Real Estate Due Diligence
Lending institutions will require some level of environmental due diligence for commercial property transactions. Environmental due diligence specifically refers to the evaluation of a property for potential environmental concerns.
The most common environmental review for acquisitions, mergers, and so forth, is called a Phase I Environmental Site Assessment (ESA). Since our inception in 1996, SRW has completed more than 1,500 Phase I ESAs for real estate transactions. In fact, we consistently provide ESA services for more than 50 local and regional banks, attorneys, real estate brokers, and private companies.
Other common forms of environmental due diligence "Desktop" Environmental Records Reviews and Transaction Screens are less-comprehensive alternatives to Phase I ESAs. These alternatives are not widely accepted, however, because they do not meet EPA's standard for completing environmental due diligence. EPA's standard is referred to as the All Appropriate Inquiry rule. The first step in satisfying AAI is generally through completion of a Phase I ESA.
Ultimately the Phase I ESA is completed to provide a determination whether there has or has not been a likely release of hazardous substances or petroleum products at the subject property. Based on these findings, lenders will determine whether the environmental due diligence requirements have been met to proceed with the loan.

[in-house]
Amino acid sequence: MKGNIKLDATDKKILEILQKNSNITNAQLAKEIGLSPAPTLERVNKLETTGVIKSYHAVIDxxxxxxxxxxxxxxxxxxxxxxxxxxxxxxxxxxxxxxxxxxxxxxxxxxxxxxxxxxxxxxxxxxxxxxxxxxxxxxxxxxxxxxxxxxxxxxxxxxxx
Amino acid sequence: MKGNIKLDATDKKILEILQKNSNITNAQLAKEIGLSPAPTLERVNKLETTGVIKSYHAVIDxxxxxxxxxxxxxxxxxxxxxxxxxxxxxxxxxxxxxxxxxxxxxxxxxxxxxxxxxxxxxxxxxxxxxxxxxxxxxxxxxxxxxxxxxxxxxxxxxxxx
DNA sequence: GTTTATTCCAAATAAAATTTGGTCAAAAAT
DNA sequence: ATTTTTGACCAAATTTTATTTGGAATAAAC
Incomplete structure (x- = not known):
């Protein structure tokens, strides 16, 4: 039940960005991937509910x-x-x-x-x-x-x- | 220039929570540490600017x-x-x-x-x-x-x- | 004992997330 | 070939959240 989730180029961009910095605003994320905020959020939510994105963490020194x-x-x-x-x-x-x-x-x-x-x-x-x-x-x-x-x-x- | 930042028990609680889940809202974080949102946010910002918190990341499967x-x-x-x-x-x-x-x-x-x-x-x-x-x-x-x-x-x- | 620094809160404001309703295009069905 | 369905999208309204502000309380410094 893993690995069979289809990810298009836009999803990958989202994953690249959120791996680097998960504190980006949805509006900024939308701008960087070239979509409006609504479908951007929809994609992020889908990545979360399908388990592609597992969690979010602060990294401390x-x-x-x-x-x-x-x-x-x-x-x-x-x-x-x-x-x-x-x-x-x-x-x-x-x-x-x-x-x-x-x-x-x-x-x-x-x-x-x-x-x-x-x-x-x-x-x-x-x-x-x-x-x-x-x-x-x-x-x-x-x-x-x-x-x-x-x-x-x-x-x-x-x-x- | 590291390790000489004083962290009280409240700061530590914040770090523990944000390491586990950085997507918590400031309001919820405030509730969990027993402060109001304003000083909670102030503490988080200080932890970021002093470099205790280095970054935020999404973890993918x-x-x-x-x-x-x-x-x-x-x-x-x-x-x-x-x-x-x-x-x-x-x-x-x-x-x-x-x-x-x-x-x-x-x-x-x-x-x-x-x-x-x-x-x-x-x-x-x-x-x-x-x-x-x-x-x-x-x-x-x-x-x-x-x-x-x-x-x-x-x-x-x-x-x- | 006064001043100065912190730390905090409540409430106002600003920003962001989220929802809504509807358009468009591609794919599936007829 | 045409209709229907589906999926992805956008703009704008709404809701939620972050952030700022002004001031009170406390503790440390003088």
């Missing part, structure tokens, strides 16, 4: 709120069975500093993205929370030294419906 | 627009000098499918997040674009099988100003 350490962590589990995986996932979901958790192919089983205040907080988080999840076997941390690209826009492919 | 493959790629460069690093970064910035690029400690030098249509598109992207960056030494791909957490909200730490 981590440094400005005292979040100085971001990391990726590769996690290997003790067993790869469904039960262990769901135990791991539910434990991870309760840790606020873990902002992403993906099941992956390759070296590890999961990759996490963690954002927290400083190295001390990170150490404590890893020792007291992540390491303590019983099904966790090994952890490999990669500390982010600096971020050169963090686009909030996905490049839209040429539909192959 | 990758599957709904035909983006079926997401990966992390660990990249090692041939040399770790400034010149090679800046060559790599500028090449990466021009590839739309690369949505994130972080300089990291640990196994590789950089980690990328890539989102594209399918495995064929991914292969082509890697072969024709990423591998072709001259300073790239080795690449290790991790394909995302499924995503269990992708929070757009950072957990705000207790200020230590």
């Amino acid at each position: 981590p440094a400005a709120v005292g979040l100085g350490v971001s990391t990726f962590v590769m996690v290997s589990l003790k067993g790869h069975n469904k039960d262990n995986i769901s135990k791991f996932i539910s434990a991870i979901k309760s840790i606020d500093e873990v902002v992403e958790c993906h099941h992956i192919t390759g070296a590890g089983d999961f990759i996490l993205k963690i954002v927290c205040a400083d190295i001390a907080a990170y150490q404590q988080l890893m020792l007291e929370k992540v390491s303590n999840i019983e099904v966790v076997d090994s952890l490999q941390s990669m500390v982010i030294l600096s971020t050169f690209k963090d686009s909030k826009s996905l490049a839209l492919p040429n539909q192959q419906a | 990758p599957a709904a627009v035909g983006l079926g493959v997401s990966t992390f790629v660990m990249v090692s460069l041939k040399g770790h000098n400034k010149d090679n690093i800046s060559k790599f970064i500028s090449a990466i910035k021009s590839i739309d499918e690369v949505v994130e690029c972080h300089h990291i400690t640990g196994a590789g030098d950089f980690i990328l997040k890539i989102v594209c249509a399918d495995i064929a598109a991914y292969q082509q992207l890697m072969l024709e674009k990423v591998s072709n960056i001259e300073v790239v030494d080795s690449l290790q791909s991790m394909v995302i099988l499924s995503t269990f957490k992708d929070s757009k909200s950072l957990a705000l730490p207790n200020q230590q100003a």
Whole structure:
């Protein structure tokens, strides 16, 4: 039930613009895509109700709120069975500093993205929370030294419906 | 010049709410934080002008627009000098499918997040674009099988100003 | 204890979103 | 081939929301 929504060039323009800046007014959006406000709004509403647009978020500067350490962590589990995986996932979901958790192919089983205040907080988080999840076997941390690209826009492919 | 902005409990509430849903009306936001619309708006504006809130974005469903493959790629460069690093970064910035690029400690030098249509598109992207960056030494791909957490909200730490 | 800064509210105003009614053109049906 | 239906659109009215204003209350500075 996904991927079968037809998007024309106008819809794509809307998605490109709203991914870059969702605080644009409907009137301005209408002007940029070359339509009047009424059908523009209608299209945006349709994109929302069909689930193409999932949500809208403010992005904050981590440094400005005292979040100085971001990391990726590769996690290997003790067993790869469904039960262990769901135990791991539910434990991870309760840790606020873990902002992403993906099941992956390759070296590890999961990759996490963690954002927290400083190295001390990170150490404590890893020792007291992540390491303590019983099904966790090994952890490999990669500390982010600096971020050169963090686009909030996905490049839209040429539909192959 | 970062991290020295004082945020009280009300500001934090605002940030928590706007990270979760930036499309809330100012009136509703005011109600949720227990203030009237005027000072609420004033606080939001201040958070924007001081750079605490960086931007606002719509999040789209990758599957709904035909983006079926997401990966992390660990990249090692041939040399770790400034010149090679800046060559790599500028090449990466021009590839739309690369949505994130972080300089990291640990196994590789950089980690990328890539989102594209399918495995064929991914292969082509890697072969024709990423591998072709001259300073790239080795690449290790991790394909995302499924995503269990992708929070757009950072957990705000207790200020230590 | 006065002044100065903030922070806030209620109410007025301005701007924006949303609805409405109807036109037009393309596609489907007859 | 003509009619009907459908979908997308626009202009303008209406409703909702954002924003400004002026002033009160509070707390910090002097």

If findings indicate that there is no evidence of a release, lenders may consider the environmental due diligence complete, with no further work required. If the Phase I findings indicate that there is potential for a release at the property, lenders may require soil or groundwater sampling at the property the sampling activities and subsequent reporting are referred to as a Phase II ESA.
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